Directly addressing the vexed question of whether the inexorable rise of digital video is actually effective in driving online advertising sales, ad metrics startup BrandAds has launched its first video measuring product. Just about everyone with media jobs in internet advertising, from business development mangers to adverting sales managers, would like to get their hands on some hard data about the effectiveness of video ads. So, can the new product – BrandAds Bridge – measure up?
At last, some hard data on video for the hard-boiled business development manager
BrandAds’ co-founder and CEO, Avi Brown, is aware that more agencies and brands want to know which of their ads are paying off. And they’re skeptical about numbers supplied by ad networks and publishers, who might just have a vested interest in presenting them in a very positive light. To compound matters, the data available from third parties is very limited: what business development manager can tell from a handful of metrics like completions and clicks – data which isn’t usually available until several hours after the ad has appeared – what’s really working?
BrandAds was set up in 2011 to fix that. BrandAds Bridge, launched this month, takes the form of a series of onscreen dashboards displaying metrics like Effectiveness, Engagement and Audience. And according to Brown, it yields data in real-time (each dashboard is updated every three seconds).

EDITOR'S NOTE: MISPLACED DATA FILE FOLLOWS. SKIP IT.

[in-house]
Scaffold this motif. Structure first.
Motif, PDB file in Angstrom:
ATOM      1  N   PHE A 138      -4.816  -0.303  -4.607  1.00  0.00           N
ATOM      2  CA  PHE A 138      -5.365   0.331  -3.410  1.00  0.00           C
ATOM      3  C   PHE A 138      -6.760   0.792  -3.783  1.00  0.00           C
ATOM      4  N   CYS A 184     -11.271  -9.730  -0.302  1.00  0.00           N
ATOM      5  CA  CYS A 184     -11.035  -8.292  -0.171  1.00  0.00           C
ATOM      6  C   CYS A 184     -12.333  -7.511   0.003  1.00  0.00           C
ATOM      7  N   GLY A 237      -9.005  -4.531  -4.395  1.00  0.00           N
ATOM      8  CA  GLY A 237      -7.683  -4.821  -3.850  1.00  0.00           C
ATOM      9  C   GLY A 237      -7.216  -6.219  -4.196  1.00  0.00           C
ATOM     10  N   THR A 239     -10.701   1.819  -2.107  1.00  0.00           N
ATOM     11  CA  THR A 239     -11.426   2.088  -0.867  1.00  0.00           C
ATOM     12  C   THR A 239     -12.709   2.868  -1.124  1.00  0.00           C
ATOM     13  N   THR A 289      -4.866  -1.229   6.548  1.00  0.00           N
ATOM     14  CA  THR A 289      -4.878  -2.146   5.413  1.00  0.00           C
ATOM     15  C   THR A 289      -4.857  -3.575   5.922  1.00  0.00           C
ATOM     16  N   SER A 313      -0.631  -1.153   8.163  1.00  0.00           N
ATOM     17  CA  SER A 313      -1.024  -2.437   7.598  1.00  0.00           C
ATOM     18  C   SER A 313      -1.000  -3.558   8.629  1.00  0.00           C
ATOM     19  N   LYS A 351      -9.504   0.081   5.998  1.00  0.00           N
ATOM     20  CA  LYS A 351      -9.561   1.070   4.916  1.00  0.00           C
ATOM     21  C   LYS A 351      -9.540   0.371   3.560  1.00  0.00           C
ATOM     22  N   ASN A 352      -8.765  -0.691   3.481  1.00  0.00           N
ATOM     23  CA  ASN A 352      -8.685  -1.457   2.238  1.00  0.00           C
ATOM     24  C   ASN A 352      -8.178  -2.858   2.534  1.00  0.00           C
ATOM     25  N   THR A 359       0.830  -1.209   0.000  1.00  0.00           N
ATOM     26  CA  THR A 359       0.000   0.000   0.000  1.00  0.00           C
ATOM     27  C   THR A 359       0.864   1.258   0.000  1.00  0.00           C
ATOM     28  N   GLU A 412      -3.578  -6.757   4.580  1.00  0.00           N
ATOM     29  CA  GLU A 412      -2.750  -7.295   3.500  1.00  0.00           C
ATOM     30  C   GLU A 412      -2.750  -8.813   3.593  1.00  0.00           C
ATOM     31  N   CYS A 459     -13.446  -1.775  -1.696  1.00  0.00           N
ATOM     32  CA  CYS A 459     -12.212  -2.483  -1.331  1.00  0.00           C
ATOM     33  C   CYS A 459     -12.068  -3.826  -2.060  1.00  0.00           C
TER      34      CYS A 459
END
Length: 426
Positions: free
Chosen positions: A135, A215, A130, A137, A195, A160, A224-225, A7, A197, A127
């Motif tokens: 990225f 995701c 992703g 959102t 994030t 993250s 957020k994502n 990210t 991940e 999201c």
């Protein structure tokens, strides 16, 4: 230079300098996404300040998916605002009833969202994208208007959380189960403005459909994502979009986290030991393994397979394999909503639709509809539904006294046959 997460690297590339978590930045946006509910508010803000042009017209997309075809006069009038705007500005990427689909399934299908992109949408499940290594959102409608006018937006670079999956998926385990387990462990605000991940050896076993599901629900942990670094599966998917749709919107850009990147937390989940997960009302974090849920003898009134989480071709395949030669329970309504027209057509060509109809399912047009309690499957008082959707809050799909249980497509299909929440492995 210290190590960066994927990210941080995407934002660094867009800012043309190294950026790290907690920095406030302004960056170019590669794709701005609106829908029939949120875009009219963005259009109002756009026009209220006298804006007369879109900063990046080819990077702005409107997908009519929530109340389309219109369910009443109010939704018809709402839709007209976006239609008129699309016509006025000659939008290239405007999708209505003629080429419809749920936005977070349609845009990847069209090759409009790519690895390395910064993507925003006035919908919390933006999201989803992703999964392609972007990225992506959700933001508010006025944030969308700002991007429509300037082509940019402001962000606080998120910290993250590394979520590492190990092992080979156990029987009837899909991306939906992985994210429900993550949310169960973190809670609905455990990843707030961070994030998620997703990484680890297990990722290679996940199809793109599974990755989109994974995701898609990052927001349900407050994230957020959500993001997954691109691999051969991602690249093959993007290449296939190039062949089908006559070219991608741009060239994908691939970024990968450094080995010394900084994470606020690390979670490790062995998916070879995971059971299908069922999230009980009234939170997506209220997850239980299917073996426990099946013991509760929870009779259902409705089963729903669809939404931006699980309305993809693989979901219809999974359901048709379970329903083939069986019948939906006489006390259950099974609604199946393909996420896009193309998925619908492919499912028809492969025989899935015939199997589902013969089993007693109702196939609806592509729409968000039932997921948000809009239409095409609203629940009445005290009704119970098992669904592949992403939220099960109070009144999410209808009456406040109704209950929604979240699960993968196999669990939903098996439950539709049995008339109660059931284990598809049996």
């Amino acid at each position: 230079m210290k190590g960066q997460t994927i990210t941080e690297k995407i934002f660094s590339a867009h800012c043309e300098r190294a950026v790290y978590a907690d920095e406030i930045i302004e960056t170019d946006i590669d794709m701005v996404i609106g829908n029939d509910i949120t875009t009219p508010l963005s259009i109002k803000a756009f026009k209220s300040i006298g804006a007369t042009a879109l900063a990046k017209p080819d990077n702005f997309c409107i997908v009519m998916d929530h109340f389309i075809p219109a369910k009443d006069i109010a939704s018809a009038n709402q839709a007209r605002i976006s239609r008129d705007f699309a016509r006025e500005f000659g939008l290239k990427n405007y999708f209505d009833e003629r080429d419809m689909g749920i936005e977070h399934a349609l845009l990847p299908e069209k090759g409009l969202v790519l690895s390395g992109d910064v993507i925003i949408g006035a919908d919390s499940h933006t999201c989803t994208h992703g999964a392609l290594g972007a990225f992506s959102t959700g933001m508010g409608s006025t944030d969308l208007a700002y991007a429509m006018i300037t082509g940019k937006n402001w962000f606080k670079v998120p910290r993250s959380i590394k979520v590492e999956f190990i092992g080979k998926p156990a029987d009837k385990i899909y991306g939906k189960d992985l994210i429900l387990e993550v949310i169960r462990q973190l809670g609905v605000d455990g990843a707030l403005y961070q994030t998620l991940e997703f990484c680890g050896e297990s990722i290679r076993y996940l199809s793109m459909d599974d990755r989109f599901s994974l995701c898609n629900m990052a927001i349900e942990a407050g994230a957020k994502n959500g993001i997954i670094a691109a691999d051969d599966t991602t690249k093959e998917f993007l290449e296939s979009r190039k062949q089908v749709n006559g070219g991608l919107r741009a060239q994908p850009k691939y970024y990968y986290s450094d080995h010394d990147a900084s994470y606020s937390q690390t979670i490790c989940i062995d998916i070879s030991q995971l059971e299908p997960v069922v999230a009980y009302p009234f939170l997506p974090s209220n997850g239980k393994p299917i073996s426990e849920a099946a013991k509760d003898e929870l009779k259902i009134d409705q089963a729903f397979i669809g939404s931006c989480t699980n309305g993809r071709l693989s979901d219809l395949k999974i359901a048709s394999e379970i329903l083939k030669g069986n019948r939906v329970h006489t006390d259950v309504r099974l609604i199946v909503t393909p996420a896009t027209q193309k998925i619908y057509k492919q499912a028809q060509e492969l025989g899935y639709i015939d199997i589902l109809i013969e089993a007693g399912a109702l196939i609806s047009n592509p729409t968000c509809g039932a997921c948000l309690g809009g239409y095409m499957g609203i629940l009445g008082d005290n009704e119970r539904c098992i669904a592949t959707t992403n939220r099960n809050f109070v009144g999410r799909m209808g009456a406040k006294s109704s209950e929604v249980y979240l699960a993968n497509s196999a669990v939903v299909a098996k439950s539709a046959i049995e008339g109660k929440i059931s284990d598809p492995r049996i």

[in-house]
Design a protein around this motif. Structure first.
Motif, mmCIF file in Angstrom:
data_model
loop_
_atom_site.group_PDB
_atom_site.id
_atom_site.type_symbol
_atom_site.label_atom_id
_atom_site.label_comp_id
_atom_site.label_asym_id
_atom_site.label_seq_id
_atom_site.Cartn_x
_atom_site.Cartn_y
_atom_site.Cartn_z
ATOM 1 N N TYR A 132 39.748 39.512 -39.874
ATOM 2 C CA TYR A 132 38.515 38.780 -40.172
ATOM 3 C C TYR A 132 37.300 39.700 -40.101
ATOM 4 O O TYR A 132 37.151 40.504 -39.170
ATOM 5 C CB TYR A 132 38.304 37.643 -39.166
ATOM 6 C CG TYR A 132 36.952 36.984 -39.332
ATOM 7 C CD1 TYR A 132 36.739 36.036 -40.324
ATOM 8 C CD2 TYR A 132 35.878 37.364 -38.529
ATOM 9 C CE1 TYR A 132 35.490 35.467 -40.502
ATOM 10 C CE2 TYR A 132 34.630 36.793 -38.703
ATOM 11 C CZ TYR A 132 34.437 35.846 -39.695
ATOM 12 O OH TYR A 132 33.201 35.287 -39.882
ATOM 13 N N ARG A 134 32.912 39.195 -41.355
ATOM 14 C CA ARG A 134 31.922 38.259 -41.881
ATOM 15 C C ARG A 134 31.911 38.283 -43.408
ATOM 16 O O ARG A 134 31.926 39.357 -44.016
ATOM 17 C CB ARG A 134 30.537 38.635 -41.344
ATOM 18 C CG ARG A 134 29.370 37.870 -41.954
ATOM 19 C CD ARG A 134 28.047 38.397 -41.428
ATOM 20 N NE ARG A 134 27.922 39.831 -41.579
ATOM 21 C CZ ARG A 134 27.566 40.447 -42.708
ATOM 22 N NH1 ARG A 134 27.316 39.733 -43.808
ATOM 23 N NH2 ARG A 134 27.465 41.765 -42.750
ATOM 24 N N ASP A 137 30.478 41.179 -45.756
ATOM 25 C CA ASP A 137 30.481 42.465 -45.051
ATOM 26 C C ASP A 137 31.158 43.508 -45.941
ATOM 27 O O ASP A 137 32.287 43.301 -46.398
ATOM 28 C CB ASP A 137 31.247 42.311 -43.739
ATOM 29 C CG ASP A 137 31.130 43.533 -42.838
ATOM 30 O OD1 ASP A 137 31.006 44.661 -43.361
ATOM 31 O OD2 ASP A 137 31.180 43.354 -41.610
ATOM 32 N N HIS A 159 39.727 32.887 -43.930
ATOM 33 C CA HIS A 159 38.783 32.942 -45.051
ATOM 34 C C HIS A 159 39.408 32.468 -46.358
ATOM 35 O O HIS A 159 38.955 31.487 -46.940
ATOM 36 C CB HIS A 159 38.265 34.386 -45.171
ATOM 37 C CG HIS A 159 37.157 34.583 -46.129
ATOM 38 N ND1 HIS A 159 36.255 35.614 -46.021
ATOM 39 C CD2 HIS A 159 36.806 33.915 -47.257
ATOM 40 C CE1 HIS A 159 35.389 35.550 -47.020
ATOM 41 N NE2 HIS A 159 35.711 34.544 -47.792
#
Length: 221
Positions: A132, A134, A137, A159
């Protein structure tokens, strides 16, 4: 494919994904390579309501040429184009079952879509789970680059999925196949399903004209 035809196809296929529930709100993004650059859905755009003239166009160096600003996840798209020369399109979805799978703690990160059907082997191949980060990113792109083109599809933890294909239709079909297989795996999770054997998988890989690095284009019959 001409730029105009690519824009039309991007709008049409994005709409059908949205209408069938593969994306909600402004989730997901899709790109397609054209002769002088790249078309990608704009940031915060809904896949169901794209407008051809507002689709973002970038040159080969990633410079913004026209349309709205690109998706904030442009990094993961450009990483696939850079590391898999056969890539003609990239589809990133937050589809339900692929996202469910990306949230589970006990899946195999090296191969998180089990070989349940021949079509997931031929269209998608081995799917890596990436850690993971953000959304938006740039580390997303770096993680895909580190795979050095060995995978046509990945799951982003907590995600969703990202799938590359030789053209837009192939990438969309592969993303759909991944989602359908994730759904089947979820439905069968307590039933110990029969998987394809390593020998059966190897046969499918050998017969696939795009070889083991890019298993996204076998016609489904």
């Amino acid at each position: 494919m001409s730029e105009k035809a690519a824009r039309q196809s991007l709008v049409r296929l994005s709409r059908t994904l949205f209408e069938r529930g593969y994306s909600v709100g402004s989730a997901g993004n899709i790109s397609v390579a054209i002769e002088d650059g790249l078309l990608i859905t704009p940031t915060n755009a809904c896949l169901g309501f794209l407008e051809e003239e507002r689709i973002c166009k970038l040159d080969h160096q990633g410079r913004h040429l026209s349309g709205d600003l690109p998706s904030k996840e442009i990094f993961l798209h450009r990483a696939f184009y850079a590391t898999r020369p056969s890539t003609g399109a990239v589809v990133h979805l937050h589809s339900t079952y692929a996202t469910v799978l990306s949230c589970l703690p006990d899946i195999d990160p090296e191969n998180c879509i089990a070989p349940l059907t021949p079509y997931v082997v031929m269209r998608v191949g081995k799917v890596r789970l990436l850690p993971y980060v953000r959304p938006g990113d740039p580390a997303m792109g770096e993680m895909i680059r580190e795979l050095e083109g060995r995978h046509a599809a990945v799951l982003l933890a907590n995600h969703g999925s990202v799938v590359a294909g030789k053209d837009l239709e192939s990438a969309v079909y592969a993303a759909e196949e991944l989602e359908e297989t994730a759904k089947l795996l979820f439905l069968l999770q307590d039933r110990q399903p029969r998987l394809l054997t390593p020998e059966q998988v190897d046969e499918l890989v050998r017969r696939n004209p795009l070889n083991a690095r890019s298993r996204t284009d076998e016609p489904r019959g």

A raft of measures
The dashboards rely on ‘direct audience measurement,’ meaning that a sample of viewers watching the video ads are asked to complete some short survey questions. The net result is that the dashboards reveal basic data such as how many impressions a particular campaign has generated and additional information like whether the viewers have experienced a change in their knowledge or impression of the brand after watching the ad, whether they’ve made any social mentions of the brand (and what sentiments were conveyed) and what they believe about brand safety.
Brown believes that video ad metrics have been so limited to date because “it’s such a nascent area.” But the times are changing, as any seasoned business development manager can testify: video is on the rise. As Brown puts it:
“This is about the future of television. It’s not just video on your desktop or mobile — it’s where the ecosystem is headed.”